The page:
Try to find ways to lower your automobile costs. Ah, what freedom a bicycle could bring!

4. Invest and Track Your Money

Once you’ve been actively saving, you’ll find some free cash flow. Over time, this cash tends to accumulate and either get spend or invested. I recommend the latter.

Don’t stick that money in a local checking account earning 0.05% interest. If it’s short term money, consider a high yield savings account. Ours is currently paying closer to 1%.

For longer term goals, you have to consider the stock market. I personally choose to invest in well diversified ETFs and I would recommend you do the same. There are many reasons for this but probably the most compelling are tax efficiency, excellent diversification, and extremely low fees.

You have several fantastic investment options that you should consider. Vanguard allows many ETF trades for free. Motif Investing allows you to choose up to 30 ETFs or funds and pay a flat $9.95. Or you could let a company like Betterment invest your money for you. They use Vanguard ETFs and charge a crazy low fee of 0.15% to handle everything from dollar cost averaging to tax loss harvesting.

After you’ve made a few investments, you need to track them. You have to always know what you’re paying in fees and what your asset allocation is. To track my investments, I always use Personal Capital. It’s completely free and extremely helpful.

I hope you’ve enjoyed my thoughts. Do you have any additional tips on achieving financial freedom?

Author Bio: I’m Jacob, one half of the Cash Cow Couple. My wife and I enjoy teaching others how to live an abundant life on a very modest salary. We are attempting to spend less than $12,000 in our first year of marriage because we truly believe that less is more!

13 Responses to 4 Steps Toward Financial Freedom

  1. I like how to outline and shared your tips, obtaining financial freedom is a change of mindset. Including what you shared about discipline and restraint.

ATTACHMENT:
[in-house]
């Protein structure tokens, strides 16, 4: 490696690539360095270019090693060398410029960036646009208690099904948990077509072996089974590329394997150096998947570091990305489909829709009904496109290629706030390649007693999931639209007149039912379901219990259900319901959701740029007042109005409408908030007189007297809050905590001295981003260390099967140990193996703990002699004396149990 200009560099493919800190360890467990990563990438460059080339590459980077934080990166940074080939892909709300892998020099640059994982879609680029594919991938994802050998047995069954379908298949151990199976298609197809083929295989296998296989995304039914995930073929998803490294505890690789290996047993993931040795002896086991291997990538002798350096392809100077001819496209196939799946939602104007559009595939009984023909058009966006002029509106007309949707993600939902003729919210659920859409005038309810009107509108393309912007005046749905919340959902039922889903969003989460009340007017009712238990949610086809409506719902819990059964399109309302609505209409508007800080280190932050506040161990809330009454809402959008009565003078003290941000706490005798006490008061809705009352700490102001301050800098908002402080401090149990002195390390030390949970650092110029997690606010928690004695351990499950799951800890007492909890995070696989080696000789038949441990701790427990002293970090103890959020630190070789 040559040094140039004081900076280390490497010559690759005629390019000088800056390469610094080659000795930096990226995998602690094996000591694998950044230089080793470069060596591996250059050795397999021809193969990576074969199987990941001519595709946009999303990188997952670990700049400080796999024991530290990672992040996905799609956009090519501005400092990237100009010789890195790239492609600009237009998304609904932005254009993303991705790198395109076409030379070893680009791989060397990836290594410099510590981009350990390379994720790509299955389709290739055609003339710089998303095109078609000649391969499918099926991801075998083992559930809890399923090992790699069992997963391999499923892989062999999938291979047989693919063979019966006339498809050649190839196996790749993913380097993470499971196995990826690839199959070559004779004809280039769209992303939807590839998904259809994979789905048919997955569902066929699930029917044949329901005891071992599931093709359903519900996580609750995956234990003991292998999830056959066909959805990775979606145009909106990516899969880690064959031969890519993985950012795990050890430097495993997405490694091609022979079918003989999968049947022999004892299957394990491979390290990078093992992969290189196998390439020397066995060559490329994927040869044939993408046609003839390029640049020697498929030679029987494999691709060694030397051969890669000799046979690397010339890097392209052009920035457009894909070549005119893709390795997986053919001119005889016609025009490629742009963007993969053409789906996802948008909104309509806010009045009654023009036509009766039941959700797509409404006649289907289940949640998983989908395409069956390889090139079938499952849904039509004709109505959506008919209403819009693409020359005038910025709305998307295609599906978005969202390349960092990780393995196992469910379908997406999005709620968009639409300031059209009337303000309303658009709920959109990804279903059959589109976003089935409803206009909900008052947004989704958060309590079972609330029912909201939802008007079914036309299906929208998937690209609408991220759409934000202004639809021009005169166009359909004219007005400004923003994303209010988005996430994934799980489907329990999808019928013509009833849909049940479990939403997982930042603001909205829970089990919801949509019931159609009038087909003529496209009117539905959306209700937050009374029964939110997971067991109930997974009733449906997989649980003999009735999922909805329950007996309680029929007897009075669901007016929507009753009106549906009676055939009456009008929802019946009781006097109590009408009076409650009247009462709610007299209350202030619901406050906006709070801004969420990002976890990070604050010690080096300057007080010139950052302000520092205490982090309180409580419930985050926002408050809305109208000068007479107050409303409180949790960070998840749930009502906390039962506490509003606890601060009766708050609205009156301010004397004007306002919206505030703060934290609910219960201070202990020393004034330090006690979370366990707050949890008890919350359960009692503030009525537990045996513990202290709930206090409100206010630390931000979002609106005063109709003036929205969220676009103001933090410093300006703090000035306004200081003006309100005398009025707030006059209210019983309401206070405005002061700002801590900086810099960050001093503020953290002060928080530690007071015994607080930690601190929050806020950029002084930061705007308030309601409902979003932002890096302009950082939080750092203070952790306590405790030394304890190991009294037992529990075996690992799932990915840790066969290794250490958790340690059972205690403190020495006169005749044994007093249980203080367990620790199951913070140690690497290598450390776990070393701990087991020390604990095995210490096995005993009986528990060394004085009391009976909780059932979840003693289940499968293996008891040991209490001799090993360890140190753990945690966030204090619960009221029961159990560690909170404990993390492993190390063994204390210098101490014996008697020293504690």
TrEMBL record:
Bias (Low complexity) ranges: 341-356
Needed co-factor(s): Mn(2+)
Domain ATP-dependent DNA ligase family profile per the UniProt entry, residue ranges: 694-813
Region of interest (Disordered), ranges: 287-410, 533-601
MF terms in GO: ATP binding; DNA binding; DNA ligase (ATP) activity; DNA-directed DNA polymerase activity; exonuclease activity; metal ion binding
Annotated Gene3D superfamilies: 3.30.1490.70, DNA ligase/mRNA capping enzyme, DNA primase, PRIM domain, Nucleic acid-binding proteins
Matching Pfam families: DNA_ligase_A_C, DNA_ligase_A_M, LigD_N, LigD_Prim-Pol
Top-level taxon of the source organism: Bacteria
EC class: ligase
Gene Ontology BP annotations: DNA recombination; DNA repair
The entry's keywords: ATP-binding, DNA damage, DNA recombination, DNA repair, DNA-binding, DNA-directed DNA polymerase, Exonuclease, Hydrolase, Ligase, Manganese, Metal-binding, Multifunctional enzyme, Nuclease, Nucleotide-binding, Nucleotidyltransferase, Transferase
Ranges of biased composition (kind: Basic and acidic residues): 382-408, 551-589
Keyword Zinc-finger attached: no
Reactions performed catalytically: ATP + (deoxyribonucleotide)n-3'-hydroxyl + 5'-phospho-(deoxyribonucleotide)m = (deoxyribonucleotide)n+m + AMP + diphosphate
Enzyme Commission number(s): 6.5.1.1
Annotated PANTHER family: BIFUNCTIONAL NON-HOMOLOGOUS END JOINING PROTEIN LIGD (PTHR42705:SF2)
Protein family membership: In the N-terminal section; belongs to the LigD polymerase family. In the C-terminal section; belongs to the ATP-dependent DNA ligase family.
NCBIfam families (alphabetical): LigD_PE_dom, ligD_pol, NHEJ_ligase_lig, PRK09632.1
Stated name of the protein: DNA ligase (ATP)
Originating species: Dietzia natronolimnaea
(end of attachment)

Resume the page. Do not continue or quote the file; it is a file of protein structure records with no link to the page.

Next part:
2. Great advice! My husband and I have each been driving the same cars that we’ve had since college- they are 13 and 15 years old and run great. We joke that we could never get rid of them because they are worth far more to us than anyone else! Controlling transportation expenses is definitely a biggie and can have a big impact on finances.

  3. Great tips. Accumulating wealth is in large part about financial choices and spending within reason is a key one.

  4. FI Journey says:

    Housing costs are my biggest challenge. We love DIY projects but they can easily get out of control money-wise. It’s a good thing we moved into a tiny house though, because DIY projects are much smaller! 🙂

  5. Sharon says:

    Taking control and not overspending is very difficult for many people who have taken out too much debt. Helping them to reduce this burden is important and it is so easy to judge people, it is so much better to share experiences and positive steps forward, which this is why it is such a great post.

  6. These are definitely the heavy hitters…some of them are harder to control on a day to day basis however. Food cost is something that you can let explode from week to week, and something that my wife and I strive to keep under control.

  7. Housing and cars are probably the 2 biggest expenses people have. Food comes in a close third. By just focusing on these 3, you can make huge improvements to your finances. Great post!